Cookbook/Callbacks

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Callbacks in q

The construct of an asynchronous remote call with callback is not built into interprocess communication (IPC) syntax in q, but it is not difficult to implement. We explain here how to do this with simple examples that are easily generalized.

To begin, we establish the following environment and terminology. A client process wishes to make an async call to a q function proc on a separate q process, the server, listening on some port, say 5042. In our examples, we assume that the following utility functions are on both the client and the server:

q)echo:{0N!x;}
q)add:{echo x+y}

The echo utility uses 0N! to force its operand to the console (i.e., stdout) and then sinks its result to avoid duplicate display in some circumstances.

Overview

Callback implementation is straightforward if you understand basic IPC in q (See Q for Mortals - IPC). Here are some points to keep in mind.

First, be sure to employ async calls on both the client and the server; otherwise, a deadlock can ensue. For example, due to the single-threaded nature of q, if the client makes a synch call, the attempt to call back to the client from the server function blocks because the original synch call is still being processed and will consequently wait forever. Recall that an async call uses (neg h) where h is an open connection handle.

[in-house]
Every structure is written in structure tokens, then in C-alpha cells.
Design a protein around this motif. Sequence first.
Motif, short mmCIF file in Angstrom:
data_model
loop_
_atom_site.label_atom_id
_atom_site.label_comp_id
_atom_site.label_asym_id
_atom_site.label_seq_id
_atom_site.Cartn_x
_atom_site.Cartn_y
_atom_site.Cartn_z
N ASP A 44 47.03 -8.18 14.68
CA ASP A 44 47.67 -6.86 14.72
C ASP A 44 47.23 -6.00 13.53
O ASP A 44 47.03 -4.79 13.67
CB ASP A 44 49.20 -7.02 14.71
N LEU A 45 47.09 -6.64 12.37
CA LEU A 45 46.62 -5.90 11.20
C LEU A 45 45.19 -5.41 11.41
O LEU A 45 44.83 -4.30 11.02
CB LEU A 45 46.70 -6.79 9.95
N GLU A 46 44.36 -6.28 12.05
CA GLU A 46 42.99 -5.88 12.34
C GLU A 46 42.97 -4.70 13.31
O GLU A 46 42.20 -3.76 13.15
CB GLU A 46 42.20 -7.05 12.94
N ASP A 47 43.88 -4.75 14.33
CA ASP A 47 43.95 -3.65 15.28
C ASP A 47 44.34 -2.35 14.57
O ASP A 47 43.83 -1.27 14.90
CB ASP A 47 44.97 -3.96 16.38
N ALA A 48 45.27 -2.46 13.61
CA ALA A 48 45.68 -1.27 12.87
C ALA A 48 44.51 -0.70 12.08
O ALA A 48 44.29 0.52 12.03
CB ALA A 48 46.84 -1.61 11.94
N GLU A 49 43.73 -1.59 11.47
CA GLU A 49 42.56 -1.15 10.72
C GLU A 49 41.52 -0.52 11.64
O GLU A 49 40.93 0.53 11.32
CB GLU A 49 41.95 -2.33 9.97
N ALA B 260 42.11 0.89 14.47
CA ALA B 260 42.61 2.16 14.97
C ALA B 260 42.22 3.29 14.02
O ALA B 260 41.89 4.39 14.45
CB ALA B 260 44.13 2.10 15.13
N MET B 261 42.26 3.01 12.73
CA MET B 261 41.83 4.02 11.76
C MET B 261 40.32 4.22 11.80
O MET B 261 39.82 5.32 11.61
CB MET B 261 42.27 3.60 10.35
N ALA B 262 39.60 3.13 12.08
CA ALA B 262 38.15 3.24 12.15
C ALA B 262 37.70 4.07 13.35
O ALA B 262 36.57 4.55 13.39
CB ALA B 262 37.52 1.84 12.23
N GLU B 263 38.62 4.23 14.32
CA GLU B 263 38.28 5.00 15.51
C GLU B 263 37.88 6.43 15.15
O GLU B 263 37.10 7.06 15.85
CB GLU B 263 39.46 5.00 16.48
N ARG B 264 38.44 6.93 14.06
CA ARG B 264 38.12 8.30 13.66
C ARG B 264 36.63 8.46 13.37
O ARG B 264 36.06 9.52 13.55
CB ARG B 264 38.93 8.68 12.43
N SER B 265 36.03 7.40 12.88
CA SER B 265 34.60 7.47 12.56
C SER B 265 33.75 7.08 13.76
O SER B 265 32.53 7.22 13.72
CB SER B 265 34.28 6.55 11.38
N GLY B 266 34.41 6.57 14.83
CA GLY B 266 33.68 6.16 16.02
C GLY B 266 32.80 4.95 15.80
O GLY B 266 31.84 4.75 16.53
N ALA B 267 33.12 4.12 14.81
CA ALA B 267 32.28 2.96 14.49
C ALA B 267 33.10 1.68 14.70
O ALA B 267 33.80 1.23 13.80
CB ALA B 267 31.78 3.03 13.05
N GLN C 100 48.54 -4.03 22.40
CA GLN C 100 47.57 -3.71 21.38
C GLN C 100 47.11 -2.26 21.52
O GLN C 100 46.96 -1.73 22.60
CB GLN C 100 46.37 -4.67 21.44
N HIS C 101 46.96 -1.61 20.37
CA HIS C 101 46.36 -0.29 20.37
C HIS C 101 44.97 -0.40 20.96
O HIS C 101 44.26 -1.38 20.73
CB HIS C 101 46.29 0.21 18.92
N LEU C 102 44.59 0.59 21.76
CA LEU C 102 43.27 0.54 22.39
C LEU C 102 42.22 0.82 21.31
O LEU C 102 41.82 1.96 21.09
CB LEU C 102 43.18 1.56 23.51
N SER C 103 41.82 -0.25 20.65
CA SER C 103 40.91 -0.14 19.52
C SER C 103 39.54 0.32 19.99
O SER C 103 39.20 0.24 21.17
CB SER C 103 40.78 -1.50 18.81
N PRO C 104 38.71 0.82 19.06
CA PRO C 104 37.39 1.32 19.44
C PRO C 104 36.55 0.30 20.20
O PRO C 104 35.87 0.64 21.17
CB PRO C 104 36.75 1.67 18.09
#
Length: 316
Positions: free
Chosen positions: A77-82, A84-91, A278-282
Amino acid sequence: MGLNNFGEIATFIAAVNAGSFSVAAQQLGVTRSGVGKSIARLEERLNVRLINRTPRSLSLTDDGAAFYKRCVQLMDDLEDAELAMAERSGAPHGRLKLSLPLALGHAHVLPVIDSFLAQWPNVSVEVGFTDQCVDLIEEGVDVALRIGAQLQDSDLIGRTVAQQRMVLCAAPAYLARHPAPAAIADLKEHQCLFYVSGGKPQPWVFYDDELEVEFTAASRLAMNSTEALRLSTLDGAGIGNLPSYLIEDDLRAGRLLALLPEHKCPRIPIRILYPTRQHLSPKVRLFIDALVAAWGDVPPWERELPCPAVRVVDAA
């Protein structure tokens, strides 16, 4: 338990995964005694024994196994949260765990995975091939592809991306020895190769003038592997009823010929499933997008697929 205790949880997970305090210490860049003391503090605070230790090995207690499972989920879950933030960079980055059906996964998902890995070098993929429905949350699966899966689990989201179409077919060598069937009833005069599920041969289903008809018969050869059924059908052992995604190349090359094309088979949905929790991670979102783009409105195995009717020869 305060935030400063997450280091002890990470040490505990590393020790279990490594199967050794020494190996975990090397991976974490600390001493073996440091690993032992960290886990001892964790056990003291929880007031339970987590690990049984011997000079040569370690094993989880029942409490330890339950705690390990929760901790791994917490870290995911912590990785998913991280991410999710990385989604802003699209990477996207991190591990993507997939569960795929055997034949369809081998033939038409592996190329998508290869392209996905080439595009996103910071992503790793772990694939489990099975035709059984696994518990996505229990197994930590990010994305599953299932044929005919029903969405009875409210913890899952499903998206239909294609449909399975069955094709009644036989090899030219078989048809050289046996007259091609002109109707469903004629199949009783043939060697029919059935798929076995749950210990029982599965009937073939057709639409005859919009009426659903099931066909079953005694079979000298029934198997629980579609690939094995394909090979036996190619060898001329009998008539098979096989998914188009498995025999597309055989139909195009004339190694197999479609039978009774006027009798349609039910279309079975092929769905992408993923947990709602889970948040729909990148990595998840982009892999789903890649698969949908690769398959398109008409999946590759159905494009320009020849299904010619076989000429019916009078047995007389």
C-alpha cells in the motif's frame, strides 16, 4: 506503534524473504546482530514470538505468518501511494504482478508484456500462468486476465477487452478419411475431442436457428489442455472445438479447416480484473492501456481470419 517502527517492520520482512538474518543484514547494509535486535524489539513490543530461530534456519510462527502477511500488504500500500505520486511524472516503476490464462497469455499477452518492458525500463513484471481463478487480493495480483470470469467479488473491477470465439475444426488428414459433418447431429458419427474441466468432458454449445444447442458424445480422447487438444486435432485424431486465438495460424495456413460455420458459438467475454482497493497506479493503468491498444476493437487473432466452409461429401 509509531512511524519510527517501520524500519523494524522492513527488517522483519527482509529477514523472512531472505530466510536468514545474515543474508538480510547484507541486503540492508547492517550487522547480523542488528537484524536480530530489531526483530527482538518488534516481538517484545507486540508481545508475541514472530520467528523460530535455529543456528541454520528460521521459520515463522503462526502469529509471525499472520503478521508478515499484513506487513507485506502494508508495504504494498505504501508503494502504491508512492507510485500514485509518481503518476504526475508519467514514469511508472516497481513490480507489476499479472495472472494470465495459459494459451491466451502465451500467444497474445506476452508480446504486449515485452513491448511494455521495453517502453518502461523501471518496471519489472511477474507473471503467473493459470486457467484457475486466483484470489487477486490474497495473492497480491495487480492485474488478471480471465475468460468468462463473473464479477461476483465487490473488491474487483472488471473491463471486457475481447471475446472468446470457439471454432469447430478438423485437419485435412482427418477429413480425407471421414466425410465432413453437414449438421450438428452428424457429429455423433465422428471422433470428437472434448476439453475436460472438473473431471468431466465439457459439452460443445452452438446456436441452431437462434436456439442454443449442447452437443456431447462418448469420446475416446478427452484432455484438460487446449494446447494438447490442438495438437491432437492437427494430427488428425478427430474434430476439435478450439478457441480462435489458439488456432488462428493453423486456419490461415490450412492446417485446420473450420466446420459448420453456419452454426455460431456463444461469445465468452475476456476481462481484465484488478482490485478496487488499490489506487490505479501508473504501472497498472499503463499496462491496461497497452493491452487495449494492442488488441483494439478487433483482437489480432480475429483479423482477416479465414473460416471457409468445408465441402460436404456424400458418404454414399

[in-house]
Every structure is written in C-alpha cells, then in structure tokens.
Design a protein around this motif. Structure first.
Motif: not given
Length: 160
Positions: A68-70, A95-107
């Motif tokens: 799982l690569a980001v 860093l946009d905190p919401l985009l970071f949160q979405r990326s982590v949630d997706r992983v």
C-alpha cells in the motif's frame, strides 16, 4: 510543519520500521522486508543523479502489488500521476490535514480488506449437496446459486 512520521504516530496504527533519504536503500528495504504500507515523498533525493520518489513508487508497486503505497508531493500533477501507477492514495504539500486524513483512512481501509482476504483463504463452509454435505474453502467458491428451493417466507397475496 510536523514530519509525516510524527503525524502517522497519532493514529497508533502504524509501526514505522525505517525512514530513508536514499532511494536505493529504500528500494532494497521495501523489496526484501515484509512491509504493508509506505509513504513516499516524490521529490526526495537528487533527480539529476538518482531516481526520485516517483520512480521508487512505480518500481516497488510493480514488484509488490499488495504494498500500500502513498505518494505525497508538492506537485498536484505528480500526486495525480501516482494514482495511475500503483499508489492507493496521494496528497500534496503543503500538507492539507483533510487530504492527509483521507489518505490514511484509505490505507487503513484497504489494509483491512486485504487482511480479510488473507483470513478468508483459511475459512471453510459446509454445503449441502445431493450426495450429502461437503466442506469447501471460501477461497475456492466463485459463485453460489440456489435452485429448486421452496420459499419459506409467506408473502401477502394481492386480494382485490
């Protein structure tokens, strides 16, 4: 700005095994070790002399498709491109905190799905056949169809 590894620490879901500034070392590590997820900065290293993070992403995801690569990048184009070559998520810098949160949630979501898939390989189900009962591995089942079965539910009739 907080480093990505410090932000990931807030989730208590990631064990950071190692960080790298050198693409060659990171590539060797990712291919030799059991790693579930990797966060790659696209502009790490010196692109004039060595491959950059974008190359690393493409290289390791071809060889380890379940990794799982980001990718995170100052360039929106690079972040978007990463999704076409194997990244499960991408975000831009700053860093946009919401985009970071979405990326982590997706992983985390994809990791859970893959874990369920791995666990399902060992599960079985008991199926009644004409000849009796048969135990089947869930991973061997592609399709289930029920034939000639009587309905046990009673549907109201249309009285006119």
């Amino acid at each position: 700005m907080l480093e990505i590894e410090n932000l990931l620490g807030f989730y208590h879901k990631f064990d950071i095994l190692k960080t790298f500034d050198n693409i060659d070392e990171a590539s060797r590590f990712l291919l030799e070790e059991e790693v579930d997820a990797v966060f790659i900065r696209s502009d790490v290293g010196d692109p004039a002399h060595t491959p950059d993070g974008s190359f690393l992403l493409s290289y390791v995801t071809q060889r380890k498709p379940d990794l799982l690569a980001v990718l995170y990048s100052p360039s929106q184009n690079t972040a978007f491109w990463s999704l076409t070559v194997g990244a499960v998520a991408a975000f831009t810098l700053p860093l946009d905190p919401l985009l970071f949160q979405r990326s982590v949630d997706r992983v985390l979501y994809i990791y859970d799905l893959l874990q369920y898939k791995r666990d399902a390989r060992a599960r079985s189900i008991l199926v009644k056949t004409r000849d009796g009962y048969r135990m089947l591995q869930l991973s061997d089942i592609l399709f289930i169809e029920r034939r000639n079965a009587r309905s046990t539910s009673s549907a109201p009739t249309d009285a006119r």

Second, it is safest to make remote calls with the IPC form that calls a function by name. One such approach is,

q)(neg h) (`proc; arg1;..;argn ; `callback)

Here `proc is a symbol representing the name of the "remote" function to be called, arg1 , ... , argn are the data arguments to be passed to the remote calculation and `callback is a symbol containing the name of the client function for proc to call back. If the remote function is niladic, pass :: as its argument.

Next, ensure that the "remote" function on the server is expecting the name of the callback routine as one of its arguments. For example, a call of the form given in the previous paragraph assumes that proc has the signature,

q)proc:{[arg1; … ;argn ; callname] … }

Finally, in the remote function obtain the open handle of the calling process from the system variable .z.w . Use this link back to the caller to invoke the callback function.

Example 1

In the simplest case, the client makes an asynchronous call to a monadic "remote" function on the server, passing the name of a monadic function in its workspace for the remote function to call once it completes. For those who know about such things, the callback represents a continuation for the remote function.

Define proc on the server as,

q)proc:{echo x; h:.z.w; (neg h) (y; 43)}

In this case, the data for proc is passed in the implicit parameter x and the callback function name is passed in the implicit parameter y . Here the expression echo x stands for the actual calculations performed on the server.

Now execute the following on the client. (Note that the sample communication handle assumes that the server process is listening on port 5042 on the same machine as the client. Substitute your actual values.)